What does it mean for workplace believers to live for a cause greater than themselves in our day and time? Jeremiah Lanphier was a businessman in New York City who asked God to do this in his life in 1857.
In a small, darkened room, in the back of one of New York City's lesser churches, a man prayed alone. His request of God was simple, but earth-shattering: "Lord, what wilt Thou have me to do?" [John Woodbridge, ed., More Than Conquerors (Chicago, Illinois: Moody Press, 1992), 337]
He was a man approaching midlife without a wife or family, but he had financial means. He made a decision to reject the "success syndrome" that drove the city's businessmen and bankers. God used this businessman to turn New York City's commercial empire on its head. He began a businessmen's prayer meeting on September 23, 1857. The meetings began slowly, but within a few months 20 noonday meetings were convening daily throughout the city. The New York Tribune and the New York Herald issued articles of revival. It had become the city's biggest news. Now a full-fledged revival, it moved outside New York. By spring of 1858, 2,000 met daily in Chicago's Metropolitan Theatre, and in Philadelphia the meetings mushroomed into a four-month long tent meeting. Meetings were held in Baltimore, Washington, Cincinnati, Chicago, New Orleans, and Mobile. Thousands met to pray because one man stepped out. Annus Mirabilis, the year of national revival, had begun.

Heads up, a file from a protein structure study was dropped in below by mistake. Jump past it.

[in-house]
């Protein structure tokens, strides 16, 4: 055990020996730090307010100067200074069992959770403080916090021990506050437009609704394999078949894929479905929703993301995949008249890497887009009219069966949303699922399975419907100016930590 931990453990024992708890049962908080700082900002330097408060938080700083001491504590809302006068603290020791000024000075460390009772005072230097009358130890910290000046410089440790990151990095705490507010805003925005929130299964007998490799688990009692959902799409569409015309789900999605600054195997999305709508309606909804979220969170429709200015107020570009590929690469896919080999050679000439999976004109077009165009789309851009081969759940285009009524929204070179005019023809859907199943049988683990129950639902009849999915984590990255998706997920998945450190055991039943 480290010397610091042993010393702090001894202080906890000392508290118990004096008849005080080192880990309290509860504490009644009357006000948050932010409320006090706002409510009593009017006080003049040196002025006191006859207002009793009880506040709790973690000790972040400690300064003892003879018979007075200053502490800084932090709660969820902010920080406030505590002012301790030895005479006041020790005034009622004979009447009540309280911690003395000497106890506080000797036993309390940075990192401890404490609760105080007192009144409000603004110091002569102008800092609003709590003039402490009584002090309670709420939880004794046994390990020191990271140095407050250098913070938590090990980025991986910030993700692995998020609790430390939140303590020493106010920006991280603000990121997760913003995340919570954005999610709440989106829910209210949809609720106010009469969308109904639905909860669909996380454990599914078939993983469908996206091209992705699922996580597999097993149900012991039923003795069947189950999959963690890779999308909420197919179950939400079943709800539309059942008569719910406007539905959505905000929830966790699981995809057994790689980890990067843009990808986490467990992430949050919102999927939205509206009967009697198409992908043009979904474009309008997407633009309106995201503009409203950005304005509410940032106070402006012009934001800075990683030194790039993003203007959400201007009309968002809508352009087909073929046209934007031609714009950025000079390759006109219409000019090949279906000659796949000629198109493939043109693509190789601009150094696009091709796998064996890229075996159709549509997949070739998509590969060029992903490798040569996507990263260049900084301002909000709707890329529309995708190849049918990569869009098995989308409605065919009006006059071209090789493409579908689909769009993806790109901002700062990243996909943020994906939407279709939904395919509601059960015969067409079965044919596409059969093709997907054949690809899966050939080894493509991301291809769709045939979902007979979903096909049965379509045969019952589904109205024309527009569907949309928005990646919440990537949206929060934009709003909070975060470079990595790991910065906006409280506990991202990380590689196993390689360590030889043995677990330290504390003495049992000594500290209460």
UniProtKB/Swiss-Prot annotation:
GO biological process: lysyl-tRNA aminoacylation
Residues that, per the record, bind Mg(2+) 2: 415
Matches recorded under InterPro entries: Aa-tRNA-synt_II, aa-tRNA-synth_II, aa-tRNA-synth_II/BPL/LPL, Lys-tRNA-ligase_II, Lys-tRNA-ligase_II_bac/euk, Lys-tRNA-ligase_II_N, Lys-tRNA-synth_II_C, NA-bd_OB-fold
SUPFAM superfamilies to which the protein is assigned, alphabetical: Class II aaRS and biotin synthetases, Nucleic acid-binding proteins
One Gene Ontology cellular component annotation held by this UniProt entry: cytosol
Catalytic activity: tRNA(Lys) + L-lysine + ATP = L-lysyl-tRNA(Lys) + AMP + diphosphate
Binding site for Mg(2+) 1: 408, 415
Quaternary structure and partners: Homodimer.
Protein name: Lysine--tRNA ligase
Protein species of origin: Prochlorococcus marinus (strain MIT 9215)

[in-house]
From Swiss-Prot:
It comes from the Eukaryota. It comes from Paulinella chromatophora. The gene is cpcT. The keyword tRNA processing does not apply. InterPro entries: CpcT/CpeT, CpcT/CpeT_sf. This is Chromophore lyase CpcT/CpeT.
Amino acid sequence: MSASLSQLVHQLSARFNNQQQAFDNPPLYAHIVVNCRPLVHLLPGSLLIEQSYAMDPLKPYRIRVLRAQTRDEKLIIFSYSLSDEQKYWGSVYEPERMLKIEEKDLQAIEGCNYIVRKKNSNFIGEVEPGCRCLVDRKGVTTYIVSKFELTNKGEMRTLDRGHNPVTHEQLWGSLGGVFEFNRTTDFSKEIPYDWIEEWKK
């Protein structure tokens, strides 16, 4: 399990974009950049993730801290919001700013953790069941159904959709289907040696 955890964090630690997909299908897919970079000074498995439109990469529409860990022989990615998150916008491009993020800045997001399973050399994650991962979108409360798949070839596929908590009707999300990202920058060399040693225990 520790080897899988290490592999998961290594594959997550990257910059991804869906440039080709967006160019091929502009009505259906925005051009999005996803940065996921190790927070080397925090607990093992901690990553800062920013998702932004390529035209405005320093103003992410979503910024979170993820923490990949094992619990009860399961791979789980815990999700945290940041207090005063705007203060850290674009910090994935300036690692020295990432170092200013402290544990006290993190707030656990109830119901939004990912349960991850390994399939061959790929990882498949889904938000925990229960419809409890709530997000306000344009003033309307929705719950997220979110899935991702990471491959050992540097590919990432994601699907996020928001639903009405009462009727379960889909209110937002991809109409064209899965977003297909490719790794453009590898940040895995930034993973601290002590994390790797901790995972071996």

This was an extraordinary move of God through one man. It was unique because the movement was lead by businessmen, a group long considered the least prone to any form of evangelical fervor, and it had started on Wall Street, the most unlikely of all places to begin.Could God do something extraordinary through you? Take a step. Ask God to do mighty things through you.